There’s a reason why beginners at a craft charge less than an expert. If you’re working with an expert, you pay for that expert skill, and access to advanced editing techniques. This also helps when picking an editor. If your edits involve mostly simple cutting and effects, you can hire a video editor with a lower rate and skill level. Hiring a longtime editor for a simple video is overkill, and you’ll overpay for the work.

For the non-editors out there, it’s also important to know what goes into an edit. It’s not just editing.

If you didn’t send your footage with markers to highlight the parts you want cut out, expect the editor to take roughly half of the runtime of the footage to do a first pass identifying the best clips to use. For example, expect a 3-hour clip to take 1.5 hours to go through and pull out clips. Editors sometimes use audio waveforms to visually identify cuts, or they’ll watch the entire thing at double-speed. Even with markers or notes, it will take some time, but doing so will greatly speed up the process.

Finding music, animated graphics and titles, and additional effects also takes time. Depending on how much is needed, it could take a few minutes, or an hour or more. Picking out music and assets like this upfront will save a lot of time in editing, and you won’t have to approve or deny your editor’s choices. Second-round edits will also take some time, although certainly not as much as the main edit.

You Get What You Pay For

You know this already: you get what you pay for. An editor with a low rate might not know advanced editing techniques or be able to accomplish simple tasks quickly. What a $100/hour edit does in one hour might take a $25/hour editor four hours to accomplish. If you need a fast turnaround, which would you rather have, despite spending the same amount of money at the end of the project?

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How to Make Life Easier for Your Editor

  • Collaborate on video projects using a project management tool like Trello (it’s free!).
  • Use a cloud service like Google Drive or Dropbox to share video files.
  • Keep the camera rolling; it’s more convenient to have one giant video clip than it is to have several shorter ones.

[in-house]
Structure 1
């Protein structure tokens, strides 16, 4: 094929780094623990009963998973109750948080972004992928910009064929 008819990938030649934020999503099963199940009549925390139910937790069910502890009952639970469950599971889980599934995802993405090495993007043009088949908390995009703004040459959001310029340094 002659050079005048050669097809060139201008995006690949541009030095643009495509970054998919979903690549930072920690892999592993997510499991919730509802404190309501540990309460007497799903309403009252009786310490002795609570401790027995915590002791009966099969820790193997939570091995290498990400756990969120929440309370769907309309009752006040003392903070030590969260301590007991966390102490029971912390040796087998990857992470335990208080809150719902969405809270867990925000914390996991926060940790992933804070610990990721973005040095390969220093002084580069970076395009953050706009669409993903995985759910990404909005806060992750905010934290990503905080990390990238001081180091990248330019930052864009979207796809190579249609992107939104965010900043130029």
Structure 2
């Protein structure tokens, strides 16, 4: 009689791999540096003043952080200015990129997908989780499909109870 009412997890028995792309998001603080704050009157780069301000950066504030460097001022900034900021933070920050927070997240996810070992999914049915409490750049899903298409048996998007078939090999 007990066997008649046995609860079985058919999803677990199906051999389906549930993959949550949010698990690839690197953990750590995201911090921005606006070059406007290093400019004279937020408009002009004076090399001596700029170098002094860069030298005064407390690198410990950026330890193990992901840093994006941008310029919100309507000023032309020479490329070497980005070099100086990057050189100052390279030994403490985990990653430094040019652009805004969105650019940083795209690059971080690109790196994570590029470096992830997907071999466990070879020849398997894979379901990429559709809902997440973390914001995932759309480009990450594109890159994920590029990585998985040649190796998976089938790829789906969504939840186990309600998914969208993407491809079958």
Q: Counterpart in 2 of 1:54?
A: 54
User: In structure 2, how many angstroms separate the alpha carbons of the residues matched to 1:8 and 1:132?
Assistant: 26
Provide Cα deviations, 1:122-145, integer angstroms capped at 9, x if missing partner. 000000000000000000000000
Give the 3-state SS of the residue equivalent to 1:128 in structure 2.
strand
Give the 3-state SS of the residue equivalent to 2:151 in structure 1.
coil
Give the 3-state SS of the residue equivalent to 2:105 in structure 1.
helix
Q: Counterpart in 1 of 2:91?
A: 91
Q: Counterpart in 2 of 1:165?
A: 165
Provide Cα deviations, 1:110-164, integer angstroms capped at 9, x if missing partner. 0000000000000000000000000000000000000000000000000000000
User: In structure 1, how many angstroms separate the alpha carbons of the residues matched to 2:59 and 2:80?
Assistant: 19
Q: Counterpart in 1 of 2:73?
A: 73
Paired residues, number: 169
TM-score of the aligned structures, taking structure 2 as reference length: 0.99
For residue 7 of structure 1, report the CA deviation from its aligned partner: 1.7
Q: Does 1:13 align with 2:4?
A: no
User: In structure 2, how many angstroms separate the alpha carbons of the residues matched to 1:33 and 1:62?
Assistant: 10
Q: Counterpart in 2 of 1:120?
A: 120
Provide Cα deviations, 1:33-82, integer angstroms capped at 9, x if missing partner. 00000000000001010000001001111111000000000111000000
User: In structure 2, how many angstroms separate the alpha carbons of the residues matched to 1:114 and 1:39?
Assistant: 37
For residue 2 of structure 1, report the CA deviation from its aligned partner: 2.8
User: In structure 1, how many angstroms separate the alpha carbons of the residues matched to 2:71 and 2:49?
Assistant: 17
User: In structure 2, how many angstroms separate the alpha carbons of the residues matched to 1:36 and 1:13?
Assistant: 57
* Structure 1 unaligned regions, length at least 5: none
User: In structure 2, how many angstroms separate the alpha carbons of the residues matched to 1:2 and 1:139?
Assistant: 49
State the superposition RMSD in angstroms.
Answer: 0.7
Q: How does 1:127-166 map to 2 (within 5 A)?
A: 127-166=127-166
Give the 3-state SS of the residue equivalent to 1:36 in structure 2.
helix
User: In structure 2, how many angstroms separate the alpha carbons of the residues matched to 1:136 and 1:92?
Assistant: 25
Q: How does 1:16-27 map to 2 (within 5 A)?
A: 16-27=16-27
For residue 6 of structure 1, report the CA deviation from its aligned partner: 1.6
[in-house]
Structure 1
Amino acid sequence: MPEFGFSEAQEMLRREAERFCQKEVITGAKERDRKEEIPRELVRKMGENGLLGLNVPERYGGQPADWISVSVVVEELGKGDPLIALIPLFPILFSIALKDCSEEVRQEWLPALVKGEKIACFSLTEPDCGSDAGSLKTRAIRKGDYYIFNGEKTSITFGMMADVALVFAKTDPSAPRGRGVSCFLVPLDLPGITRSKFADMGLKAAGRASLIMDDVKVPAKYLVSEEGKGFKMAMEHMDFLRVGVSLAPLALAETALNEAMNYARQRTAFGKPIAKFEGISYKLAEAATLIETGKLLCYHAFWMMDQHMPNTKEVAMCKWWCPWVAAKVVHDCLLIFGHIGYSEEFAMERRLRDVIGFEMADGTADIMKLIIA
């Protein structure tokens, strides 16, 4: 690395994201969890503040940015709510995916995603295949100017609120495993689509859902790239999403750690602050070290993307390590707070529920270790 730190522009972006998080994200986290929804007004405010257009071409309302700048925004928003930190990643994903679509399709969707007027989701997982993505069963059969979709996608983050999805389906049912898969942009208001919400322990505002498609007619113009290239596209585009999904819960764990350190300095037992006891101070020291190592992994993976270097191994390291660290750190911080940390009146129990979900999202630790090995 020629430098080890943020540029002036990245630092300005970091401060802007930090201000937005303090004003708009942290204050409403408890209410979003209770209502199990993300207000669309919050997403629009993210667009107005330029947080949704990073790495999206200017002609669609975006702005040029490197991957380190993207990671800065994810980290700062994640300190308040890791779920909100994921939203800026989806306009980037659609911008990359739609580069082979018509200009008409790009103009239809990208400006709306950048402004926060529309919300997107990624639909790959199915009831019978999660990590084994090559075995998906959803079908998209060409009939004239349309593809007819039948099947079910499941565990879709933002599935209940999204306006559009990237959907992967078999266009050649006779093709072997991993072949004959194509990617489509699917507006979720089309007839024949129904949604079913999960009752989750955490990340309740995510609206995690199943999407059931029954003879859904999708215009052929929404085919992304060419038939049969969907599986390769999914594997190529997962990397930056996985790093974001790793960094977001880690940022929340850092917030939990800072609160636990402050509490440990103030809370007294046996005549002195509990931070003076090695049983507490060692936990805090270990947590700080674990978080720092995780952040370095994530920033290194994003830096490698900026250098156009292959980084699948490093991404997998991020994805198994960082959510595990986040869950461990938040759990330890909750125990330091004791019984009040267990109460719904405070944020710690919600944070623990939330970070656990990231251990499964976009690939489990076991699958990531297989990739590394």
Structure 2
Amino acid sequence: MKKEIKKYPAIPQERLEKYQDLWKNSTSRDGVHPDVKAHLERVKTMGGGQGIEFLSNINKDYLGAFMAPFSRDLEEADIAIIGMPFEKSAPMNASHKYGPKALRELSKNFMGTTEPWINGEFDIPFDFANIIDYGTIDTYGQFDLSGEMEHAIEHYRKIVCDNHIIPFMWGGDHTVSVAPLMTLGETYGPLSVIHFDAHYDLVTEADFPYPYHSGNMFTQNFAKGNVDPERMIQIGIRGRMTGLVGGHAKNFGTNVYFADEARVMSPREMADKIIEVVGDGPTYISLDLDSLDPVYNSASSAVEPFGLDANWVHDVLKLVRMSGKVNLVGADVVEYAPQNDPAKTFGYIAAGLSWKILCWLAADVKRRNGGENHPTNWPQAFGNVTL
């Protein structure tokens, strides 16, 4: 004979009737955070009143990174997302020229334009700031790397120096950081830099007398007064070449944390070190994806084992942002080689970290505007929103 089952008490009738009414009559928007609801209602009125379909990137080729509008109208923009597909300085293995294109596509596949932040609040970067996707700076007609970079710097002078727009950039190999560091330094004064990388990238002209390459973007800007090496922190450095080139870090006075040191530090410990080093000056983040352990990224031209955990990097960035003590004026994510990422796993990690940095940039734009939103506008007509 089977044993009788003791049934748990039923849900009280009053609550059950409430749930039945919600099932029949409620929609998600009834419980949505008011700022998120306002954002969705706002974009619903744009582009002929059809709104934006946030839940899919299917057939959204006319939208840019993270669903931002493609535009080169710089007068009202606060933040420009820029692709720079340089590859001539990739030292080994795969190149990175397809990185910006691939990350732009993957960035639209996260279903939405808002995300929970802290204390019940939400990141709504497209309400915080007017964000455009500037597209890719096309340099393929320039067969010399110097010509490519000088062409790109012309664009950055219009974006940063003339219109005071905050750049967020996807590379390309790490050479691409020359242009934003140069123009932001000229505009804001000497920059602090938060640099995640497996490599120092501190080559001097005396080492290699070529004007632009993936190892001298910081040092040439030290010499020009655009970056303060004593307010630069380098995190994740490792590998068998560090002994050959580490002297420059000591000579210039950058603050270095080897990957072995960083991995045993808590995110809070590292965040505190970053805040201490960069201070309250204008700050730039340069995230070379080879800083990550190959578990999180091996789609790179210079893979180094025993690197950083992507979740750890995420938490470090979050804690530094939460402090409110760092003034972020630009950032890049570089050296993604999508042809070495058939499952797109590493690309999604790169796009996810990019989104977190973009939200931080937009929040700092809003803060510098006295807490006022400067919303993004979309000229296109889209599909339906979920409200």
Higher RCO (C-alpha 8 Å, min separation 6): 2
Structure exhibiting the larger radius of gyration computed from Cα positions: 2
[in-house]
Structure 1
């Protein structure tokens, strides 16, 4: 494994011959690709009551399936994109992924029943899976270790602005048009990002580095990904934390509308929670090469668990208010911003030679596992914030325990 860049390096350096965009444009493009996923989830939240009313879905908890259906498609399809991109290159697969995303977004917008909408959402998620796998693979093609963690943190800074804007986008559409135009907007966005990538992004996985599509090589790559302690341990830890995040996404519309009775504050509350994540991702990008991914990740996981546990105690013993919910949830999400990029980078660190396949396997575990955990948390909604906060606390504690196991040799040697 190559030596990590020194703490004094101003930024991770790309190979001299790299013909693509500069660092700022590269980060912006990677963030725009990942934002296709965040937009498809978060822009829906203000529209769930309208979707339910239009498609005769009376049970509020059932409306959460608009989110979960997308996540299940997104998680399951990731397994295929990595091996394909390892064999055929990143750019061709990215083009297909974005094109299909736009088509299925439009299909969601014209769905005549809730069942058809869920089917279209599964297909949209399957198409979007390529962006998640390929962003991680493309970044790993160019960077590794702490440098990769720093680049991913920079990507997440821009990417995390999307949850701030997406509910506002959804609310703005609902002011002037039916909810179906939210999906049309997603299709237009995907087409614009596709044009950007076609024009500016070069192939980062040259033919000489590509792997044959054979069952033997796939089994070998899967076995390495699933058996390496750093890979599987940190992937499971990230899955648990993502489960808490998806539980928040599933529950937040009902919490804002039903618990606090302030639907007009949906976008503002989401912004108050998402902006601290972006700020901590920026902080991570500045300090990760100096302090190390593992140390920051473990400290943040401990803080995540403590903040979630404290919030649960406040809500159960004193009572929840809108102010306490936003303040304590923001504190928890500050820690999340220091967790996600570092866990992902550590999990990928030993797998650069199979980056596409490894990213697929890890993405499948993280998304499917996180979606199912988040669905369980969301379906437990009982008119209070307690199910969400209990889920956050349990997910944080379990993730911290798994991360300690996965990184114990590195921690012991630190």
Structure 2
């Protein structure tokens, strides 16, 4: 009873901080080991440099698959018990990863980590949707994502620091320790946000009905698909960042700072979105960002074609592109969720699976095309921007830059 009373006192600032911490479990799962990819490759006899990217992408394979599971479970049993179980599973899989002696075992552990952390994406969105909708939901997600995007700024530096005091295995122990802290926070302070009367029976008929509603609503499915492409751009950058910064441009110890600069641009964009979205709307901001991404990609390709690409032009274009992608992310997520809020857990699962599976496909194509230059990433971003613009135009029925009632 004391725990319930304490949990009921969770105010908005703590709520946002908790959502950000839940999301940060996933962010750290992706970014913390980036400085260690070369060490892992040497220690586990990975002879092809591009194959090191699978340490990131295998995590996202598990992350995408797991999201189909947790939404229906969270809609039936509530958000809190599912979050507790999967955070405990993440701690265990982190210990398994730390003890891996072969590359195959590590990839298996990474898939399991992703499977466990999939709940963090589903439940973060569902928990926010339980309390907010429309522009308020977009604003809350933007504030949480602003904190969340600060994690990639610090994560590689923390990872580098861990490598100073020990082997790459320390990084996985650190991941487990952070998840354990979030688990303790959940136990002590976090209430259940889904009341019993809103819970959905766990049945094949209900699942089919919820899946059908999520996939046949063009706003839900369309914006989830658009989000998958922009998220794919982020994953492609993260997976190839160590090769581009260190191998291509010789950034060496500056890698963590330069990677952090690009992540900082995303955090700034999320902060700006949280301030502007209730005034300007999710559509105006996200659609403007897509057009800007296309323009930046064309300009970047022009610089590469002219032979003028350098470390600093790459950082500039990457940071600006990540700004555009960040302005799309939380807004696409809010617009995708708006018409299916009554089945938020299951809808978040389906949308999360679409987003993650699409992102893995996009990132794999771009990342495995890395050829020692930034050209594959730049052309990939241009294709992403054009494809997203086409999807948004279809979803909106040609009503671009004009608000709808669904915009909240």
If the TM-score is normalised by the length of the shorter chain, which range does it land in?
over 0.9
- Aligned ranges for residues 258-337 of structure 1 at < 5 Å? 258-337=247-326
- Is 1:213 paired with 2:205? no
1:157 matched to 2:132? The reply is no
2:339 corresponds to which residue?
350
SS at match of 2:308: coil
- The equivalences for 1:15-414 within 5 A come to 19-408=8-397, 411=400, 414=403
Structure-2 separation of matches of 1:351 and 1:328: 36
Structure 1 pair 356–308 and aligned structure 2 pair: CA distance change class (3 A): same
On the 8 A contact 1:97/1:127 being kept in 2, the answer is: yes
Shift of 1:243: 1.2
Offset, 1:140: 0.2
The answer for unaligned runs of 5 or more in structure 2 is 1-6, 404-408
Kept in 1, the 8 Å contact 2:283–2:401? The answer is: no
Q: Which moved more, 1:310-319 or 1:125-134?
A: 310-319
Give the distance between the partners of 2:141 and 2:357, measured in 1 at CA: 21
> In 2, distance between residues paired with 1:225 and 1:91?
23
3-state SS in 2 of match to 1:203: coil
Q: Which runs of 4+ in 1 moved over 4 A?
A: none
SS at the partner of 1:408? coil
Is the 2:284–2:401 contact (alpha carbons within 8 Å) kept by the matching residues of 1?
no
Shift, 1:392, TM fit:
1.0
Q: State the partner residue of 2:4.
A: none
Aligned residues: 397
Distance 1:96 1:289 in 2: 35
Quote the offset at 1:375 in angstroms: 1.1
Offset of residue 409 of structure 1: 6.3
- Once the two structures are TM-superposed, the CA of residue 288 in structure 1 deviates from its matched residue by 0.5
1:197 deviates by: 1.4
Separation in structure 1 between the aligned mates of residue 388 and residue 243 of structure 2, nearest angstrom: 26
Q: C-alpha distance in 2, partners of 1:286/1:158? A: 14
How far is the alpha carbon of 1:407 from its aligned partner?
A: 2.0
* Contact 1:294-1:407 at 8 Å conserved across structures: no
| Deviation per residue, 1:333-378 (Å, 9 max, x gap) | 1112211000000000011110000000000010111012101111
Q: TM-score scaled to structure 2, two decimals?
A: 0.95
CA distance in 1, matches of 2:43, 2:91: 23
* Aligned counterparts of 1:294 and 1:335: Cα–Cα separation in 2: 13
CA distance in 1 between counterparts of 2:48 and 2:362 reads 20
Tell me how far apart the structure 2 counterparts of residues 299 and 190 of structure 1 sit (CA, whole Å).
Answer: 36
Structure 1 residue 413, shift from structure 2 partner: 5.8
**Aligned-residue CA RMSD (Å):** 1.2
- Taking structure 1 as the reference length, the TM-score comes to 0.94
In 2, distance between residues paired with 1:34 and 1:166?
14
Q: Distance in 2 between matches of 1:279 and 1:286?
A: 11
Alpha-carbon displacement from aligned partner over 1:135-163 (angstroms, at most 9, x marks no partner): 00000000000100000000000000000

• Share existing assets and branding materials upfront so the editor doesn’t have to waste time recreating these items (music, titles, animations, end screens, etc).
  • If possible and when applicable, send a project file with markers signifying important clips to include (do this in the same software your editor uses, obviously). A note with timestamps is also helpful if creating a project file is not possible.
  • Don’t micro-manage, but be available for clarifying questions early on.
  • Send back review notes with timestamps to make second drafts easier and quicker.

Pros and Cons of Hiring and Editor

Hiring an editor has some upsides and downsides that you’ll run into. Finding a good editor that you work well with will negate most of the cons, but it can be hard to find a great editor.

Pros

  • You’ll have more time you can spend doing other things.
  • Hiring a freelancer is less of a commitment than hiring a full employee and you can always cancel a contract if you need to.
  • A good edit can edit faster and better than you probably can, which will save you money in the long term.

Cons

  • Finding a freelance editor is difficult
  • Nailing down the best workflow can be difficult.
  • An editor won’t always be available – they probably have other clients, so be aware that emergency edits won’t always be possible.
  • A bad editor can end up costing you more in the long run.

Should You Hire a Video Editor?

There comes a point where every content creator needs to hire a team and outsource some tasks. Editing is one of the first tasks that a lot of people outsource since it can be so time-consuming. If you have the money to pay an editor what they’re worth and need to reclaim some of your time to film more videos, hiring an editor will be a worthwhile pursuit. Have fun being more productive!